Get Coding

I was recently watching a presentation from analyst firm Gartner, during which the presenter talked about us having moved to a ‘data economy’ from an ‘oil’ economy of years gone past. Data now being the major economic commodity.

We can see the effects of this with companies like Facebook, Google and others making entire companies whose main purpose is to mine data for value. In fact, there are now whole careers that didn’t exist just a few years ago; things like ‘Big Data Analysts’ or ‘Data Scientists’. Whilst these might be at the forefront of parts of the data economy, for many of us, they’re quite disconnected from what we do day-to-day.

We’ve heard rumbling from our geeky friends of a world where everything is connected. The forthcoming ‘5G’ mobile networks are designed not just to accommodate us and our mobile phones, but the millions of other ‘things’ that will connect and exchange data. Perhaps it’s time for us to consider picking up some of the skills that this new revolution is built upon? We might not be looking for a career in this technological wonder-world, but these skills are immediately useful in many areas of business. I’m sure everyone reading this can think of one repetitive task they could automate to increase their efficiency and decrease tediousness!

So... have you thought about coding? Don’t panic, there’s no need to run away screaming! Coding, or programming isn’t just the realm of the uber-geek. You don’t need to be a math wizz, or a computer nerd to learn enough to be useful. In fact, it’s never been easier to learn some basic programming skills than it is today.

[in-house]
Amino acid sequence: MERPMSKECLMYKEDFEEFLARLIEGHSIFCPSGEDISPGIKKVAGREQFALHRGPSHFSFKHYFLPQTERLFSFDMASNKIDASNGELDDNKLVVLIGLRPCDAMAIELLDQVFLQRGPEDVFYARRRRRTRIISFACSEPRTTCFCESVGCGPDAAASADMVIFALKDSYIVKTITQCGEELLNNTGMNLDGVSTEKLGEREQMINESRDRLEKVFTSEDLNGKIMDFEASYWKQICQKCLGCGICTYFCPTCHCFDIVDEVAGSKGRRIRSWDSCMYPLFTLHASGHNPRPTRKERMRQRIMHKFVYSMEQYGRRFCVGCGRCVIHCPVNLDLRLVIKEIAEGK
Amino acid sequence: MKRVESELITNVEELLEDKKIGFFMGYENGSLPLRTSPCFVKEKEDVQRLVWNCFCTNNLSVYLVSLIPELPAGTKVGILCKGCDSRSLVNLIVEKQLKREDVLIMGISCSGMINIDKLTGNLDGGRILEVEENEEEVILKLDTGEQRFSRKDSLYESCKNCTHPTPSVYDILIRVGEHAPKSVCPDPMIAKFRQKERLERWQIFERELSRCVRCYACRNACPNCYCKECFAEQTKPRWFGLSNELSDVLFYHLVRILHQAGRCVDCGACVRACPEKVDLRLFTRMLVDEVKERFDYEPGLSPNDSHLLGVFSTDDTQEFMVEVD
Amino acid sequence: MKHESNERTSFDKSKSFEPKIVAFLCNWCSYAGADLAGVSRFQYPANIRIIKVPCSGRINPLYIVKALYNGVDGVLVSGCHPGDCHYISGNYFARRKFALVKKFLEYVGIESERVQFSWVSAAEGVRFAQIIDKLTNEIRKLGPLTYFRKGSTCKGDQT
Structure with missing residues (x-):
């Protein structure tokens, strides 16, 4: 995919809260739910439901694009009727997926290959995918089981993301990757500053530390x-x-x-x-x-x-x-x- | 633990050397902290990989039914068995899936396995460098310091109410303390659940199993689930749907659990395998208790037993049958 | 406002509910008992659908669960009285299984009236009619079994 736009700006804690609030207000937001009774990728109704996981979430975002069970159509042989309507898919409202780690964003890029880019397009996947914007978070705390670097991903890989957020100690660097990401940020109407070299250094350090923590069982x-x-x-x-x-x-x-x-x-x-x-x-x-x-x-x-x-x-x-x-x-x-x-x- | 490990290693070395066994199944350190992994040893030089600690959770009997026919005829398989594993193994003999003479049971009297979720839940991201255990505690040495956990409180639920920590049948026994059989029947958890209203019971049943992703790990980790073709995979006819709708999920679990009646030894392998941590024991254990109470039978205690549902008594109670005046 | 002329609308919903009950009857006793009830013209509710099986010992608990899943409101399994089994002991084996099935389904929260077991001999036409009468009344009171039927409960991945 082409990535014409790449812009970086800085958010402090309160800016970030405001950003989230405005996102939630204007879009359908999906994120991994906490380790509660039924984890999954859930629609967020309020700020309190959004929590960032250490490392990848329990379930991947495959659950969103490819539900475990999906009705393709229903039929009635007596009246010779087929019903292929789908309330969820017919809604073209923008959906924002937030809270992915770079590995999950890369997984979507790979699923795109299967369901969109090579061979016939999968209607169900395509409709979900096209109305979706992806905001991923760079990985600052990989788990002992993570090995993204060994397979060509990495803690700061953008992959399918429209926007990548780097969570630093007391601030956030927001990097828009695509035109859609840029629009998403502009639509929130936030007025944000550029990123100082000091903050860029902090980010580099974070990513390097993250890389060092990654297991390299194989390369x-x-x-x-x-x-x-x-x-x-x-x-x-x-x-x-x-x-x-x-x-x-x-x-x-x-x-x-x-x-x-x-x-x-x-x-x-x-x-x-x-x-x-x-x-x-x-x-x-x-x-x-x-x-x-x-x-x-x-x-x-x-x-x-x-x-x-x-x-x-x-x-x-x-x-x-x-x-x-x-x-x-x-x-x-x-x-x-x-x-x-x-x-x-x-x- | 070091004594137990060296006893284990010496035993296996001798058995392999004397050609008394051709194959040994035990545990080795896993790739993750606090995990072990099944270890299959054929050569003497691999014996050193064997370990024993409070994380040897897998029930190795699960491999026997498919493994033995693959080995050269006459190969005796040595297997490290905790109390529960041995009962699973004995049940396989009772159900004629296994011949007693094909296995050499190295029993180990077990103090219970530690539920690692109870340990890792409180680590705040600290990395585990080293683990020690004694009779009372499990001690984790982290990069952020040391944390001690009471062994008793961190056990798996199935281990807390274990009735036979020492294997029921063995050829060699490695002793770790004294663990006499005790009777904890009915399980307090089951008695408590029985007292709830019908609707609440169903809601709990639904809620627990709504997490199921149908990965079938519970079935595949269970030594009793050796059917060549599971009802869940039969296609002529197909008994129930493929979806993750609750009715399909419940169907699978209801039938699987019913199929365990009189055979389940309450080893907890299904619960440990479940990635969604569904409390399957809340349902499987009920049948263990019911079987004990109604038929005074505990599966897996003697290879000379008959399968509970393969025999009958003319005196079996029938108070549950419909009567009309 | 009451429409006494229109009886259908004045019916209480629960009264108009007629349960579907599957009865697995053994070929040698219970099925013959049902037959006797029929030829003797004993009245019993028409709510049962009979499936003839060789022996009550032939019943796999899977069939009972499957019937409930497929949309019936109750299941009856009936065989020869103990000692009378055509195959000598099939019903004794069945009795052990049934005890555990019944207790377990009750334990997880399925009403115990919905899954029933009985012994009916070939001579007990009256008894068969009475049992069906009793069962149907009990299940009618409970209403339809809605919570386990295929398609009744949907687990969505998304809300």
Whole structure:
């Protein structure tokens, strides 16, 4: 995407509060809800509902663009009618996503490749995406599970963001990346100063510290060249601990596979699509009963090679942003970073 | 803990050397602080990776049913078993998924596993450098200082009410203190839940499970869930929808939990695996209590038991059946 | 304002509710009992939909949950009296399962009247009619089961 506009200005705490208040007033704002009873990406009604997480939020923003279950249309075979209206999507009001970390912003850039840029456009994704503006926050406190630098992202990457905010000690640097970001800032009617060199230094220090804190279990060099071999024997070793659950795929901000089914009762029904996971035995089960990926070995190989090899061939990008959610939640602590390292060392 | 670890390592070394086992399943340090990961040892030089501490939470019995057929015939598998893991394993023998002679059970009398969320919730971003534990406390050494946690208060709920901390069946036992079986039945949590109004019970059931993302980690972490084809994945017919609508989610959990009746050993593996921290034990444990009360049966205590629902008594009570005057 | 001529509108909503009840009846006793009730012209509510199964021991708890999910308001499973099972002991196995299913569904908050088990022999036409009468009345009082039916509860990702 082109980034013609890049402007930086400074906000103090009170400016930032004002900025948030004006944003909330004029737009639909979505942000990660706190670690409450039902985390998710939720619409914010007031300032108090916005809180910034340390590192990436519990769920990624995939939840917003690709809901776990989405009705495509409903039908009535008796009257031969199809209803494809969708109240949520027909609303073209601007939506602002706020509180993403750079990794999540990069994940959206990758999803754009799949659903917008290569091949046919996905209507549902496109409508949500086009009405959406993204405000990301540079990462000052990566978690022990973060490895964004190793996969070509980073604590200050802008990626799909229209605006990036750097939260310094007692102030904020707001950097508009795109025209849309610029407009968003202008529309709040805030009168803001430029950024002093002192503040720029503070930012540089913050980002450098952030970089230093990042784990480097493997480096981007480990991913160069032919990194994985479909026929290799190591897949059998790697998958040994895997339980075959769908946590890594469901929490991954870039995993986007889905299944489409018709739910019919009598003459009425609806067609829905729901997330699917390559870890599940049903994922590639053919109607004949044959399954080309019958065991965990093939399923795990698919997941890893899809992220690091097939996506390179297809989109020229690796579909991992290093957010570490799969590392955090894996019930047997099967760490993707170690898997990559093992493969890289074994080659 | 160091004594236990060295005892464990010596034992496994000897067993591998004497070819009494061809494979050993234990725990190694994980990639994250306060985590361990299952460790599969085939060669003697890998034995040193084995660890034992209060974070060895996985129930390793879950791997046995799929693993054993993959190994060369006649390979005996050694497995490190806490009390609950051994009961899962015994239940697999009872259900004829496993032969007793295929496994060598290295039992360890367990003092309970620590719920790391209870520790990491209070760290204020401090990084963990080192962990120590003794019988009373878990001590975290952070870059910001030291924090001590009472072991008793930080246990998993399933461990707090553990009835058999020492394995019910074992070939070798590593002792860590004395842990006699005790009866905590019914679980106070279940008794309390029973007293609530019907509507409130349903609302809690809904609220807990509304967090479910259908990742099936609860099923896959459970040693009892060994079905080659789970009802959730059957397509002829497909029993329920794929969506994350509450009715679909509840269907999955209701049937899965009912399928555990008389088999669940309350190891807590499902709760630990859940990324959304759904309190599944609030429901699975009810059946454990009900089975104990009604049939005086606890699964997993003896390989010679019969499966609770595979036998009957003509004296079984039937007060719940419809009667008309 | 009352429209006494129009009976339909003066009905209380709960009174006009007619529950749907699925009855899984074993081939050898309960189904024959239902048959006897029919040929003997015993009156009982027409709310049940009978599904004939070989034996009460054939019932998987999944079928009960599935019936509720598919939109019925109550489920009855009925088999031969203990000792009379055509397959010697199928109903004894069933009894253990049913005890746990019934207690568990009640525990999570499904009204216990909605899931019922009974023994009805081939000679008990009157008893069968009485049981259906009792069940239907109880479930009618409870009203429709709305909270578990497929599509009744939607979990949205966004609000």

When I started programming, things were a good deal more challenging than they are now. You hooked your computer up to the TV, it said a few words on the screen and just sat there with a cursor. No mouse, nothing to click, not even a friendly message to hint what to do next. Most people like me started with a ‘user manual’ - a book clearly written by the most uninteresting of us attempting to extoll the virtues of programming. There was no Internet to check, and the only help you got was from other venturing explorers of programming-land that you knew: kids from school, that one strange older brother of your best friend, a family member, or something like that. My first program helped calculate the weekly grocery bill—not quite Google, but a start!

Today we have a different problem. The technology is massively more powerful, information is all around us, and it’s sometimes very overwhelming to know where to begin. But, it’s no excuse not to try.

There are some fantastic efforts to encourage us to learn coding. CodeAcademy ( is one of many web sites devoted to teaching people of all levels, to get coding. They have courses that cover the basics and teach you to write software in several languages, whether you interested in building things for the web, working with data or something else.

Another fascinating option is the Raspberry Pi, a small $35 computer that was inspired by how we ‘old timers’ learned. It’s a perfect device to learn programming with an absolutely huge community of people to help. At the SBCN we actually use Raspberry Pi’s to automate some of the background processes in our business!

If you can follow a recipe to cook, you can write code. Simple tasks don’t need complicated solutions, and it’s perhaps a lot easier to get started than you think. There are many different technologies and ‘programming languages’ each with their own particular strengths and weaknesses. I’m often asked which I would recommend to a beginner, and I nearly always recommend a language called Python. It runs on just about every computer, it’s easy to pick-up and can be used for everything from data science, to games.

So why not give coding a shot?